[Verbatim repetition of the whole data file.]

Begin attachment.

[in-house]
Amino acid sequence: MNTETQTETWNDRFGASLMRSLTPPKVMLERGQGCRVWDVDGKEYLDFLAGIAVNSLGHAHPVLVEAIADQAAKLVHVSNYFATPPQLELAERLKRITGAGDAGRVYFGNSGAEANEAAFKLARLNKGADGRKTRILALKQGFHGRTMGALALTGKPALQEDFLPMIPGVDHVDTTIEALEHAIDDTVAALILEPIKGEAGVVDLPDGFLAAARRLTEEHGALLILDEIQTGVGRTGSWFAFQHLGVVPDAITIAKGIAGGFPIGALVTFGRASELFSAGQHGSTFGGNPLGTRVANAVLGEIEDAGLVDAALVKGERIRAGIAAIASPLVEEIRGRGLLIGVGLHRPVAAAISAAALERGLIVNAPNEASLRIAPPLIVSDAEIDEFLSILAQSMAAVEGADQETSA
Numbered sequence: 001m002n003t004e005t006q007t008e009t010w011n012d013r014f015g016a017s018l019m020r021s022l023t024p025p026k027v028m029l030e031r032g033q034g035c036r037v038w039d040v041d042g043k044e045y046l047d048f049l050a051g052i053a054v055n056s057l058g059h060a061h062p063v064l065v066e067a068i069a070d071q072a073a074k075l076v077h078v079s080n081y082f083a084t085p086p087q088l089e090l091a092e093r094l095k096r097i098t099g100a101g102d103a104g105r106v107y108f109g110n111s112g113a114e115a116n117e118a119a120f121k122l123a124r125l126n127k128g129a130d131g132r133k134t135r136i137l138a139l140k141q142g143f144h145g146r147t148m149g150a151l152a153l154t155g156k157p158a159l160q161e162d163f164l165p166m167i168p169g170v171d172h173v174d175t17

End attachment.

[in-house]
Amino acid sequence: MNTETQTETWNDRFGASLMRSLTPPKVMLERGQGCRVWDVDGKEYLDFLAGIAVNSLGHAHPVLVEAIADQAAKLVHVSNYFATPPQLELAERLKRITGAGDAGRVYFGNSGAEANEAAFKLARLNKGADGRKTRILALKQGFHGRTMGALALTGKPALQEDFLPMIPGVDHVDTTIEALEHAIDDTVAALILEPIKGEAGVVDLPDGFLAAARRLTEEHGALLILDEIQTGVGRTGSWFAFQHLGVVPDAITIAKGIAGGFPIGALVTFGRASELFSAGQHGSTFGGNPLGTRVANAVLGEIEDAGLVDAALVKGERIRAGIAAIASPLVEEIRGRGLLIGVGLHRPVAAAISAAALERGLIVNAPNEASLRIAPPLIVSDAEIDEFLSILAQSMAAVEGADQETSA
Numbered sequence: 001m002n003t004e005t006q007t008e009t010w011n012d013r014f015g016a017s018l019m020r021s022l023t024p025p026k027v028m029l030e031r032g033q034g035c036r037v038w039d040v041d042g043k044e045y046l047d048f049l050a051g052i053a054v055n056s057l058g059h060a061h062p063v064l065v066e067a068i069a070d071q072a073a074k075l076v077h078v079s080n081y082f083a084t085p086p087q088l089e090l091a092e093r094l095k096r097i098t099g100a101g102d103a104g105r106v107y108f109g110n111s112g113a114e115a116n117e118a119a120f121k122l123a124r125l126n127k128g129a130d131g132r133k134t135r136i137l138a139l140k141q142g143f144h145g146r147t148m149g150a151l152a153l154t155g156k157p158a159l160q161e162d163f164l165p166m167i168p169g170v171d172h173v174d175t17